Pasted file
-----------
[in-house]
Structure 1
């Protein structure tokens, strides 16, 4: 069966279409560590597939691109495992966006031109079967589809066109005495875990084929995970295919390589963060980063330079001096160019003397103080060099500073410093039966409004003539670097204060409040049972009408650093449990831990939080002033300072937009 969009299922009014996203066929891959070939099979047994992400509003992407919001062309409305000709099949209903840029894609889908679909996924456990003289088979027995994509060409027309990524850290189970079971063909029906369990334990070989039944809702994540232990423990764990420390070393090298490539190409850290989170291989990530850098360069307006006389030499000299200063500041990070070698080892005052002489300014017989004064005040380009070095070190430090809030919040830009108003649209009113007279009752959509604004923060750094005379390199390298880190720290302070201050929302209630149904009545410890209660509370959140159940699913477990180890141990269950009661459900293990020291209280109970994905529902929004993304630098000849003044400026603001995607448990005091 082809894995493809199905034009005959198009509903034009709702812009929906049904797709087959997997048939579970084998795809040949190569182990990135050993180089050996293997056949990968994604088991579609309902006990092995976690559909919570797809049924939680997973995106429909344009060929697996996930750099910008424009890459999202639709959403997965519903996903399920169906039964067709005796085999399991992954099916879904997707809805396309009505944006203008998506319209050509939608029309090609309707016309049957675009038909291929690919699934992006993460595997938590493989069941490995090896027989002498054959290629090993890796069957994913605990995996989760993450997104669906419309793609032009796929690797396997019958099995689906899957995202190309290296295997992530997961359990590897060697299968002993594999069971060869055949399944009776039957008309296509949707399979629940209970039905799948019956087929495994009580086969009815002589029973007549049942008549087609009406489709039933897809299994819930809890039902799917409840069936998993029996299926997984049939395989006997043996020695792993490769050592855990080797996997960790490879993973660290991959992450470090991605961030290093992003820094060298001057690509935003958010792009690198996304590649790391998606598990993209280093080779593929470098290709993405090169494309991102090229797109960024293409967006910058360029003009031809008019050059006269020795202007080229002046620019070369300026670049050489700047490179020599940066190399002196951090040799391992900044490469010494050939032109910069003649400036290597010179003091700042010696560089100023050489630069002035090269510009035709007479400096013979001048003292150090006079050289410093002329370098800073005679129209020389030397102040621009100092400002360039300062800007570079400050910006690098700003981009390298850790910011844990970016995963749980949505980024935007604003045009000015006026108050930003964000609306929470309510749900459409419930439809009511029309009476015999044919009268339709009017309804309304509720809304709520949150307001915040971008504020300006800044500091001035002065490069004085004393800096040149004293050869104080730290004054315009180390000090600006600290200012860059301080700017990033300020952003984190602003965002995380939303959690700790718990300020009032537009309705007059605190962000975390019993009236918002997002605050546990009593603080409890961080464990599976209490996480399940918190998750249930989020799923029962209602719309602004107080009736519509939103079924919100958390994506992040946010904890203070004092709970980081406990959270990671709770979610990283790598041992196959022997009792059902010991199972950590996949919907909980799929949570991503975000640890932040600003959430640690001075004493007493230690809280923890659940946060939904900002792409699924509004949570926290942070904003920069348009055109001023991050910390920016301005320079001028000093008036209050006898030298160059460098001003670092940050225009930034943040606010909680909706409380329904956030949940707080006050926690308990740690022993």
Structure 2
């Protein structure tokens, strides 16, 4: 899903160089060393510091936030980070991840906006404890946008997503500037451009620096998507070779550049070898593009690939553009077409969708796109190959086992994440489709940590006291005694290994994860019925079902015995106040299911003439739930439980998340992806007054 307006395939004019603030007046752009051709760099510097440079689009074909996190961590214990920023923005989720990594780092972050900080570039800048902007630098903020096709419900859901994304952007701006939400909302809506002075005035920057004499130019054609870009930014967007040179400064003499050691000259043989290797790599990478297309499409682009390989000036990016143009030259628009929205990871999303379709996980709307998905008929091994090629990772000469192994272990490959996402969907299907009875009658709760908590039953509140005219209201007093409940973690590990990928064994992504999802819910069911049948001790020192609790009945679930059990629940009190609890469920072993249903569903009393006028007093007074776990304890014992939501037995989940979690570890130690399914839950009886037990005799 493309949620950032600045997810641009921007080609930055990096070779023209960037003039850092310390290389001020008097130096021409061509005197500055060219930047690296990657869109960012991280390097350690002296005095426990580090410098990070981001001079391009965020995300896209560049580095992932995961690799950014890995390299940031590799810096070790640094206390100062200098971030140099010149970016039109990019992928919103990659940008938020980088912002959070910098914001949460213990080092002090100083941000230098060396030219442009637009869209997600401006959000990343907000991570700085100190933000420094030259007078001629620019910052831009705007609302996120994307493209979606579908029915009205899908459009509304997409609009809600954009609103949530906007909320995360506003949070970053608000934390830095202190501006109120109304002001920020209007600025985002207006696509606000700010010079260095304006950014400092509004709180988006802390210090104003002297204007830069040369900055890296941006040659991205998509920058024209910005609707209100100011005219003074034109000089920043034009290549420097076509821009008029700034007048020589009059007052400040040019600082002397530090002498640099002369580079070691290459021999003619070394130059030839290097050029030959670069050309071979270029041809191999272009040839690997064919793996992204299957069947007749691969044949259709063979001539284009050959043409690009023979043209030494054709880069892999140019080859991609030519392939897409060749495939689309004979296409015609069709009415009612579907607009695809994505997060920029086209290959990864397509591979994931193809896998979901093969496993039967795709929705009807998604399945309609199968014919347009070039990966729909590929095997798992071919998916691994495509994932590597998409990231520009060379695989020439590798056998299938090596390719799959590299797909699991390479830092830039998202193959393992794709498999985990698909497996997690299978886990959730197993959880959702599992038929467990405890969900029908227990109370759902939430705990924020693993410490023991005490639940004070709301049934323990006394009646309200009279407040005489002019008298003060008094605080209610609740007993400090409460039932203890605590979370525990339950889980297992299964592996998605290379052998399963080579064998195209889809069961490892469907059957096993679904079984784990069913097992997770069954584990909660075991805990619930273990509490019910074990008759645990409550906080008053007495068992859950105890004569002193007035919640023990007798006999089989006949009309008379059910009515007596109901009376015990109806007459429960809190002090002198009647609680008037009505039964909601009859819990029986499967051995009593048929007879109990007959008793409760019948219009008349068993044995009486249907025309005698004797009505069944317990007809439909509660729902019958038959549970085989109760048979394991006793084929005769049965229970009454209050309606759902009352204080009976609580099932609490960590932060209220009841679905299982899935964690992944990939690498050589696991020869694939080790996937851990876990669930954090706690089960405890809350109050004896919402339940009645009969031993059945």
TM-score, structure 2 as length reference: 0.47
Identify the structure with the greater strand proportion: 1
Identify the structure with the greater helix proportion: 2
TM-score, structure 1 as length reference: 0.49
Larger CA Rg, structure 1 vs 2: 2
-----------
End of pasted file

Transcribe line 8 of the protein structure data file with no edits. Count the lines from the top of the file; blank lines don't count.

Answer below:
Identify the structure with the greater helix proportion: 2